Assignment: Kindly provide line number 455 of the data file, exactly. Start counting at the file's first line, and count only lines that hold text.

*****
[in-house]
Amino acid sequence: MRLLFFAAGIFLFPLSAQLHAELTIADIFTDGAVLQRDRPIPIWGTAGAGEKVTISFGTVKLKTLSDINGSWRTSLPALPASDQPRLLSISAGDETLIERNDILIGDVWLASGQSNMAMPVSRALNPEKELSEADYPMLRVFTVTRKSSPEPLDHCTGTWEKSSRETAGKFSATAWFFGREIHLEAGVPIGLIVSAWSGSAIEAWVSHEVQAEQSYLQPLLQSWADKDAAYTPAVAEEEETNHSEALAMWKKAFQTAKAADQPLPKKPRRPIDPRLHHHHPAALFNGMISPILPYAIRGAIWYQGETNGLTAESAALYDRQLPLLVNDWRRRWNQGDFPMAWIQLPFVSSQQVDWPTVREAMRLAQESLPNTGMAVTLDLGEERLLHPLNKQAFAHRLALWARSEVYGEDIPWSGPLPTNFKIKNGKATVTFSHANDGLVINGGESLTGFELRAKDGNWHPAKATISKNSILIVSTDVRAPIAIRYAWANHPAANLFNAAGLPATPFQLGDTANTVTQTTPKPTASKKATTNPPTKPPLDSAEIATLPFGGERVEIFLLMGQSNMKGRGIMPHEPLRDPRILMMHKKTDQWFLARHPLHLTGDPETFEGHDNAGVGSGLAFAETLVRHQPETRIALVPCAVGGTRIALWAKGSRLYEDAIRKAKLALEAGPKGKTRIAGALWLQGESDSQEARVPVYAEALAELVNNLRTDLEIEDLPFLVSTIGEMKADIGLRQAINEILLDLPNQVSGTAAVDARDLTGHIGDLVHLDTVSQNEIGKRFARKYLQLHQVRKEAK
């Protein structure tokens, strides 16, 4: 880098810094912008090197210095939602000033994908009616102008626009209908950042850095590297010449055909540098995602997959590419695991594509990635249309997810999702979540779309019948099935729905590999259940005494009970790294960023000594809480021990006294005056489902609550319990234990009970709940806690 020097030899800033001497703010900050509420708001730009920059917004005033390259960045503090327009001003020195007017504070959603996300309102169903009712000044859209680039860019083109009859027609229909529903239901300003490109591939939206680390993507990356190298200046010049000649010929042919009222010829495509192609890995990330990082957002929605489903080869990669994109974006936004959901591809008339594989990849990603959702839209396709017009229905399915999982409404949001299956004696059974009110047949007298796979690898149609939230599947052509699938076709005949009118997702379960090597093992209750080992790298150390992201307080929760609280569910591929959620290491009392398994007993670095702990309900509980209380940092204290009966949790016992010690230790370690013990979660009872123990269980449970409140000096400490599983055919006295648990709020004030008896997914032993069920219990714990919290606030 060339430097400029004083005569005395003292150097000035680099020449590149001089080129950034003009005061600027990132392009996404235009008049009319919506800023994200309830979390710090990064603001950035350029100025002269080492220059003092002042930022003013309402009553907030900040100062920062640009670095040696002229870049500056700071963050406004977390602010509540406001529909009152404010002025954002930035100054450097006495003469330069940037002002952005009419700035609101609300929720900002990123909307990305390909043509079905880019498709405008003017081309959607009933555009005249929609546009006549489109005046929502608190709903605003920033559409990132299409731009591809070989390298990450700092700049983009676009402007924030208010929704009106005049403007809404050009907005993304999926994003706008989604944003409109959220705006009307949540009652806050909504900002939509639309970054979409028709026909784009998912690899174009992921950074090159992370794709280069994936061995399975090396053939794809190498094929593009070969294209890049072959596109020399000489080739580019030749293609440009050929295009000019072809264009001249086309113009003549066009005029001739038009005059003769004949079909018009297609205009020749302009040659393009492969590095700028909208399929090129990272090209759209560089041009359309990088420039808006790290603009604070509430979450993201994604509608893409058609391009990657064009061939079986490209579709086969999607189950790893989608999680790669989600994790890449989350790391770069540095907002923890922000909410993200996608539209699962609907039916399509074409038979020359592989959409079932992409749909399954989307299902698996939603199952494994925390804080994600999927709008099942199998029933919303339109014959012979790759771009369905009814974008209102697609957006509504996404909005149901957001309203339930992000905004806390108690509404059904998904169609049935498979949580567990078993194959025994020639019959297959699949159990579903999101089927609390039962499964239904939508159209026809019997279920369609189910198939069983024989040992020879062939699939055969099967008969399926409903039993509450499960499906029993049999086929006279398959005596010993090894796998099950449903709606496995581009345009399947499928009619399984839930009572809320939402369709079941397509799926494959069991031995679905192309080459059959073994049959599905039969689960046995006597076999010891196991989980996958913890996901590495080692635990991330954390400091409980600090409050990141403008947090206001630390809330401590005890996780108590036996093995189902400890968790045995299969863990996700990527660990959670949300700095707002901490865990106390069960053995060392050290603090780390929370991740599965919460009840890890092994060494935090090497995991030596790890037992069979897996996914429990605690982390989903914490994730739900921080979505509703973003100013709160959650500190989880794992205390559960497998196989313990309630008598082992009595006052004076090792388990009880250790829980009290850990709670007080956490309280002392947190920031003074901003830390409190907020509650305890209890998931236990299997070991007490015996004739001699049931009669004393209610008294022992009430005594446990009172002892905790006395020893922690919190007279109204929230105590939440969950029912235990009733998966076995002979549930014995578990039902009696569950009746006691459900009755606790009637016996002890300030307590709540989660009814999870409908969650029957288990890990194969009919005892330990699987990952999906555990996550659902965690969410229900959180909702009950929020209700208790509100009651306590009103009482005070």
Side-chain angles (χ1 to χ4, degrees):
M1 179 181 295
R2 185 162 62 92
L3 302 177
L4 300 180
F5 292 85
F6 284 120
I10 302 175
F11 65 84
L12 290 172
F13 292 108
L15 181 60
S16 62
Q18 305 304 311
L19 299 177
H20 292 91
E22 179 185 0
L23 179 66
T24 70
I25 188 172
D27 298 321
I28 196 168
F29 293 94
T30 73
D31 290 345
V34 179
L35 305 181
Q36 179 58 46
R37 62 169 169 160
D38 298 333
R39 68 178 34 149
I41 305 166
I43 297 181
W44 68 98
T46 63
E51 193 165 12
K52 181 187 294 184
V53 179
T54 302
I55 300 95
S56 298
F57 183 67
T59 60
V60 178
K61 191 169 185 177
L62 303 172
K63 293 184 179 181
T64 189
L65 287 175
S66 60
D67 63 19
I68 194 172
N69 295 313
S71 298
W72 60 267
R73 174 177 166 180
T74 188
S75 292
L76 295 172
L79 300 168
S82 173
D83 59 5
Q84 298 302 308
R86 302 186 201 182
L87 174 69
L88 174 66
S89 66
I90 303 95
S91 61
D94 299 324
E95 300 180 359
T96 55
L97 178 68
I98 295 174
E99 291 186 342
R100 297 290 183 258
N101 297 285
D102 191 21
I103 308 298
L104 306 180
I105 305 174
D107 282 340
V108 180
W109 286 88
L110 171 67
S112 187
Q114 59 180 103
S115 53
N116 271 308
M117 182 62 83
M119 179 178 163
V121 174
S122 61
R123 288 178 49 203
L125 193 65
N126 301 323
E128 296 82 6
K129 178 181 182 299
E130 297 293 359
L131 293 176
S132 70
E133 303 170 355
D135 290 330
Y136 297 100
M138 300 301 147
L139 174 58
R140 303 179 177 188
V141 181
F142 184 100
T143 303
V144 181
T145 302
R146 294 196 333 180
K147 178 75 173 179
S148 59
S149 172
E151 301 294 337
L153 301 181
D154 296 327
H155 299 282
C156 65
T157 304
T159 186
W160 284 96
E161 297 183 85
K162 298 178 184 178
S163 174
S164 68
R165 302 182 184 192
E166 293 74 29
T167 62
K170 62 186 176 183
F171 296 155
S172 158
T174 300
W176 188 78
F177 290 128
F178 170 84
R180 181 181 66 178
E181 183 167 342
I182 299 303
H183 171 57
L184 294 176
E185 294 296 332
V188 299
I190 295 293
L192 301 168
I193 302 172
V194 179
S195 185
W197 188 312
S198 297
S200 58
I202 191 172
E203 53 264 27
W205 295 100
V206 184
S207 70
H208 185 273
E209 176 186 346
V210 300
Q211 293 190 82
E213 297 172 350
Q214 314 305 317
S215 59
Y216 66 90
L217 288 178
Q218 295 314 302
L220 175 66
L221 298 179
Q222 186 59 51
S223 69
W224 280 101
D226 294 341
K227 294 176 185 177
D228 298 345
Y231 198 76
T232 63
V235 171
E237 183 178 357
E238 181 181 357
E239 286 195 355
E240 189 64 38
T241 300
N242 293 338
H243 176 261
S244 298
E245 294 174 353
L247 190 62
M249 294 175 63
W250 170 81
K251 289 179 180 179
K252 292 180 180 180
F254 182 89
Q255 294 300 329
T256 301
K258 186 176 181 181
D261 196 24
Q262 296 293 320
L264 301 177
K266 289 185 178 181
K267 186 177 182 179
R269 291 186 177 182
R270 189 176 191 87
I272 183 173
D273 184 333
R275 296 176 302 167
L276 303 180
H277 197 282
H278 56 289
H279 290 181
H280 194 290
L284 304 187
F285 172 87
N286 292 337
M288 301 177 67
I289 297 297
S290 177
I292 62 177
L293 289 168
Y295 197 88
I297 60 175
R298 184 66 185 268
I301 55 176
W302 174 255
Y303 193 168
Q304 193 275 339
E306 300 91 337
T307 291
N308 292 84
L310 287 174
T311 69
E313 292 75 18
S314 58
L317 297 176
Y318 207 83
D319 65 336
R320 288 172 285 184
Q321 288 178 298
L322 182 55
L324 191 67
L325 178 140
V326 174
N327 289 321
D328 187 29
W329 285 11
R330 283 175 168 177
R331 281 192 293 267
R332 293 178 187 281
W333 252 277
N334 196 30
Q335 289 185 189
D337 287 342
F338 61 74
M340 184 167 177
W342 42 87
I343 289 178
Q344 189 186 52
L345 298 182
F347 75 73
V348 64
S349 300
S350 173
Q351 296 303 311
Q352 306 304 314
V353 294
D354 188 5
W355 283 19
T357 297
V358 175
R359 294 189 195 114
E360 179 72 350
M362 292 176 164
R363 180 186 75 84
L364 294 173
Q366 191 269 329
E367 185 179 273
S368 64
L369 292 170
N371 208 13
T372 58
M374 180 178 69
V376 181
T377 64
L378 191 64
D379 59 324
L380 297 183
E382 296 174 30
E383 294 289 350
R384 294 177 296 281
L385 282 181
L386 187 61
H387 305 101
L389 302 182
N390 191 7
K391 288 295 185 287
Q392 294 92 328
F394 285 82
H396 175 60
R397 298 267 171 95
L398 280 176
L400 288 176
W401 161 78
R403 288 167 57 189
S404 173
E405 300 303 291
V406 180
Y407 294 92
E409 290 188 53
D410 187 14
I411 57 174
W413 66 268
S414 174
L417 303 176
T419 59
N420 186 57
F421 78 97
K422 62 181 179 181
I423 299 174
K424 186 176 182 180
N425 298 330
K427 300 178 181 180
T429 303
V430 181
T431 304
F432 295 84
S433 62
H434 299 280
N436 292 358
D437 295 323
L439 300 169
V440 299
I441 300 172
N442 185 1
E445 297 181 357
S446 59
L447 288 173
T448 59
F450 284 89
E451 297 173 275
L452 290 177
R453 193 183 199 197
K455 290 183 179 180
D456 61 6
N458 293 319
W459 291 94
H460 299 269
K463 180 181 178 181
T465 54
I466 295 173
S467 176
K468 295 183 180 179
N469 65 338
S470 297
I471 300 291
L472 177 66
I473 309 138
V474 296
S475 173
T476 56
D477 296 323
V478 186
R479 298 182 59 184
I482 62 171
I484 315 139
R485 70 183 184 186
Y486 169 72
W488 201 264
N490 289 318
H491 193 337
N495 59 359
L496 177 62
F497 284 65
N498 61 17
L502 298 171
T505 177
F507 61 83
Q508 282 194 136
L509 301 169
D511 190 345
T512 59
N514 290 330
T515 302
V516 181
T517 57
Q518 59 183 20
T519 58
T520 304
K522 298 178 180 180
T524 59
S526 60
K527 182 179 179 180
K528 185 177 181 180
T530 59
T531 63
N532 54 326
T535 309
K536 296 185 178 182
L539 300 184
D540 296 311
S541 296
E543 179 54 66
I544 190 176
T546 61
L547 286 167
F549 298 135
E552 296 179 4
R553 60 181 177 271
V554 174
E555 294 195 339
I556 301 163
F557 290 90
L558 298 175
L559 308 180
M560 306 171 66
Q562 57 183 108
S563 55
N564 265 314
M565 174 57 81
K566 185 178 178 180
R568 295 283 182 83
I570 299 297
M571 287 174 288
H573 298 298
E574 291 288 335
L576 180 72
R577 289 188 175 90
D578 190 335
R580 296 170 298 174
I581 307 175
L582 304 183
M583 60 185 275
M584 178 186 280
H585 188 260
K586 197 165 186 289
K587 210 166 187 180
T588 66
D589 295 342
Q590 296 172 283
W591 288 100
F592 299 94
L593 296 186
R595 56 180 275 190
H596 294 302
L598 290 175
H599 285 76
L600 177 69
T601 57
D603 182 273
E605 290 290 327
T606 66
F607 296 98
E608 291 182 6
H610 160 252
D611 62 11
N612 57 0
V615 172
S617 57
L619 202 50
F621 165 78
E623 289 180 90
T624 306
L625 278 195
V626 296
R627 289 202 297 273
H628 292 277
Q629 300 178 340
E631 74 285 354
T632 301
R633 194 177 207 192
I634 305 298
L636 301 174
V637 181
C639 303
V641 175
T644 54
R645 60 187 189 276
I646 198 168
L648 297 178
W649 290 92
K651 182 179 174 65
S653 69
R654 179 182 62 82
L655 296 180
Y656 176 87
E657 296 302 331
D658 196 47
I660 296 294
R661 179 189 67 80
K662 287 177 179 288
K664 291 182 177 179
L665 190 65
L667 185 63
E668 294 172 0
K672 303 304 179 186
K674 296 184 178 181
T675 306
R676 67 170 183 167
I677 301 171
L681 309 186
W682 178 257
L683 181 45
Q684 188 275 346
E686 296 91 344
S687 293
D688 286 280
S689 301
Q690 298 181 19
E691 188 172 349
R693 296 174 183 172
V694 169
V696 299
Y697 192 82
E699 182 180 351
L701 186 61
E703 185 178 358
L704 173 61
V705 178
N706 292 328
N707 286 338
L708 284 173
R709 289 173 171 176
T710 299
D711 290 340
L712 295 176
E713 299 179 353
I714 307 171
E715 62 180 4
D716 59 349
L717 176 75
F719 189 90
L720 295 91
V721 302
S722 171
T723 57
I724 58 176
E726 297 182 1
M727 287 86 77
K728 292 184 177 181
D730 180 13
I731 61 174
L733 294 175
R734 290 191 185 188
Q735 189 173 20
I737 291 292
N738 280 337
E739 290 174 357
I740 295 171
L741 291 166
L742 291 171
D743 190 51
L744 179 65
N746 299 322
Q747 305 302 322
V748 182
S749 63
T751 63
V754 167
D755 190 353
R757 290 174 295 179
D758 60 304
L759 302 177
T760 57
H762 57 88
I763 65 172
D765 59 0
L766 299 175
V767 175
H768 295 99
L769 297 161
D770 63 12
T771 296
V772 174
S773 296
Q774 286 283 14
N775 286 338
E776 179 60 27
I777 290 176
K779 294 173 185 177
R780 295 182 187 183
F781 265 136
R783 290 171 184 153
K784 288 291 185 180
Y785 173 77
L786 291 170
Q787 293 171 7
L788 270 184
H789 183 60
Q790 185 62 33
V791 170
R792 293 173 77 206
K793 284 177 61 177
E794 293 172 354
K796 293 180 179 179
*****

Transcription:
F607 296 98